I learned a lot about both Clinton and myself over the eight years between her first run for the White House and her second. And when the 2016 primary rolled around, for me the choice seemed obvious. Sanders' economic policies felt unclear to me, and his lack of foreign policy experience and knowledge concerned me. Although I certainly don't agree with every policy decision Clinton has made throughout her lengthy career, her qualifications are seriously impressive to me and I know that she'll continue to fight for equality for the most vulnerable members of our society. In fact, her one-time rival Obama put it best when he said, "I don't think there's ever been someone so qualified to hold this office."
Last year I moved from New York City to Seattle, which meant that I attended my first Democratic caucus in March. I live in arguably the most liberal neighborhood of Seattle (one of the most liberal cities in the country) and at the time of the caucus, I overheard two guys saying that, "it's just not a good time for a woman president." My jaw hit the floor.
And things only got worse from there. I've been vocal about my admiration for Clinton and my excitement about her campaign, and I've been shocked by some of the reactions I've gotten. Of course, after praising Clinton online, I got a ton of hate from Trump supporters — but I totally expected that. After all, to me, this man's entire campaign is based on racist, sexist, and anti-LGBT rhetoric. And I'm accustomed to being trolled on Twitter — it comes with the territory of being a feminist. But I will never be able to unsee the sexist insults that were hurled at Clinton and her supporters from fellow liberals. It was incredibly painful to see that a handful of people who favored Sanders had stooped to the level of name-calling and hurling sexist insults like "c*nt" and "b*tch" at Clinton and the women who support her. These people were absolutely a very small minority within the Sanders' camp — they just happened to be very vocal on social media. However, it did wake me up to the fact that sexism is present everywhere we turn — even within the most liberal political parties.
Meanwhile, she continues to campaign under a relentless double standard. Obama has been honest about the fact that Clinton had it harder than him in the 2008 primary because, as a woman, it takes longer to get ready for a debate or any public appearance. As he told Politico:
She had to do everything that I had to do, except, like Ginger Rogers, backwards in heels... She had to wake up earlier than I did because she had to get her hair done. She had to, you know, handle all the expectations that were placed on her.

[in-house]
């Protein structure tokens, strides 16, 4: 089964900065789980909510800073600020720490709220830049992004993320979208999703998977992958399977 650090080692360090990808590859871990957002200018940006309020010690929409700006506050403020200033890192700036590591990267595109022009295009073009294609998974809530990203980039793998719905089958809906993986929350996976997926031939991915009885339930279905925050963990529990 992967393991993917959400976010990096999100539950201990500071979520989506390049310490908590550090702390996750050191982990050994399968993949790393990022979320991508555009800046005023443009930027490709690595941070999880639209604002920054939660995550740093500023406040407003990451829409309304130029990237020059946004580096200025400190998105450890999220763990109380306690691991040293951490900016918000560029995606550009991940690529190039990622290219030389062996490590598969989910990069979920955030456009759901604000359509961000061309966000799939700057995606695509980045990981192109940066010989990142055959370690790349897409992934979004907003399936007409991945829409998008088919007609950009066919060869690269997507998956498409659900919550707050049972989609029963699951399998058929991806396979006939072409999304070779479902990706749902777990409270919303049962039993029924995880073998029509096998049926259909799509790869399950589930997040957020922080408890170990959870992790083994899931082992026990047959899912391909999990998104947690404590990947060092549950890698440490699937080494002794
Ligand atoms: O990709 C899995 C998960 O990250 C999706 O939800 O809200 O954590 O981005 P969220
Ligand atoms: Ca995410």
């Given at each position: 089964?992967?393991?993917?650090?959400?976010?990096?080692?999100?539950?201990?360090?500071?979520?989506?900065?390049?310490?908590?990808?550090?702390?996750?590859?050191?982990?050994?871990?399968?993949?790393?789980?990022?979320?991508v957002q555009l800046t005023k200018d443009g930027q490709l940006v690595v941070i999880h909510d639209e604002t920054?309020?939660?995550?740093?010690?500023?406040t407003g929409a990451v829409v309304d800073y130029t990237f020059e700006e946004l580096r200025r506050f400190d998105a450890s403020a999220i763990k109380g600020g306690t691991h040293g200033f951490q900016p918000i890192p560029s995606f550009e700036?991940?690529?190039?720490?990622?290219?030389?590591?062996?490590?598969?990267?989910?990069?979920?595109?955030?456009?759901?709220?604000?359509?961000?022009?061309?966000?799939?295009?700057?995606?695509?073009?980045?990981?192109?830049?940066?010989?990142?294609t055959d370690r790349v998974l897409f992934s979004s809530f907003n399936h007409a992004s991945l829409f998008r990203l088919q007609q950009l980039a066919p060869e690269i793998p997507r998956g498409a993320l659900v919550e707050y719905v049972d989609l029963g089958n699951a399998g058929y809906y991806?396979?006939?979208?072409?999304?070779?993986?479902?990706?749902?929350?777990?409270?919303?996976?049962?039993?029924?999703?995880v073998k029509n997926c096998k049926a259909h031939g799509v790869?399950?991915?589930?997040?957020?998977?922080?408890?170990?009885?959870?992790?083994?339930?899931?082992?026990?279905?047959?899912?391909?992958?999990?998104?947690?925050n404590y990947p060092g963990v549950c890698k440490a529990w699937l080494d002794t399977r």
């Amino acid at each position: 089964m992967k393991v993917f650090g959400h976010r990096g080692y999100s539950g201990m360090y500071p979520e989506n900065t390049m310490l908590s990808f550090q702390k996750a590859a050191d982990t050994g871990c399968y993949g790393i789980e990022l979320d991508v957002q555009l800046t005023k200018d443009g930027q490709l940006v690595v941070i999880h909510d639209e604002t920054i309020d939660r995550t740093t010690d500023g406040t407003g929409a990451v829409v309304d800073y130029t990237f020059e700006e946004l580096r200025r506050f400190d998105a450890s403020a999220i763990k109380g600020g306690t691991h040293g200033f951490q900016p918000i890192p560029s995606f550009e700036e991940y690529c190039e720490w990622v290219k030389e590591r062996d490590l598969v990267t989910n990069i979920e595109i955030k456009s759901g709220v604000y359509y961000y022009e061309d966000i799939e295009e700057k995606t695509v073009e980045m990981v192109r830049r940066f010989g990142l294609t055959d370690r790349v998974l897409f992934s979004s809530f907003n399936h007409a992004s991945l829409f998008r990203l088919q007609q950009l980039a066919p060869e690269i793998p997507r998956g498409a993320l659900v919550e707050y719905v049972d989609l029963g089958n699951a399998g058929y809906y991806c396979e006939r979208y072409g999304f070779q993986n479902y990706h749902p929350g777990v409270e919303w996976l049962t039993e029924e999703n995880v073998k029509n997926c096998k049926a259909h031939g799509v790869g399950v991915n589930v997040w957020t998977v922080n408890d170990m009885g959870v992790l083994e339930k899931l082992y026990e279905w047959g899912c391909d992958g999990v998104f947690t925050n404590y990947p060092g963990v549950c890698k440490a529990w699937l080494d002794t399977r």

This is why it infuriated me when people complained that she'd gotten an expensive haircut prior to a debate and worn an Armani jacket during a speech. Did everyone forget how much grief she's received over the years over her damn hair and pantsuits? Clinton is in it to win, and part of that is dressing the part. It sucks and I doubt she's enthused about it, but I would hardly call it "selling out" to make sure she looks put together if it'll help her chances. Again, a few years in an office setting gave me a painful reality check on this issue. In many fields, women aren't expected to just "look professional" by wearing slacks and a button-down — when I got a new boss at a corporate publishing job, many of us were told to wear heels and our "most expensive" clothes every day she was in the office because it would increase our chances for a promotion. I wanted a good shot at a promotion, so I dressed accordingly — but I was furious about the fact that appearance mattered just as much as merit and work ethic (if not more).
Although I have grown to see Clinton as a feminist role model, I have to be clear that I didn't vote for her because she's a woman. However, I'm angry that I have to repeatedly clarify that and defend my vote. When I cast my vote for Obama in the 2008 Democratic primary, no one asked if I was voting for him because he was a man. Many of my friends (both male and female) supported Sanders in the primary and no one asked them if it had anything to do with his gender. I prefaced comments about my Clinton vote by adding that I'd supported Obama in '08, just to ensure that everyone knew I didn't vote with my vagina — then I kicked myself for inadvertently playing a role in dignifying that mindset.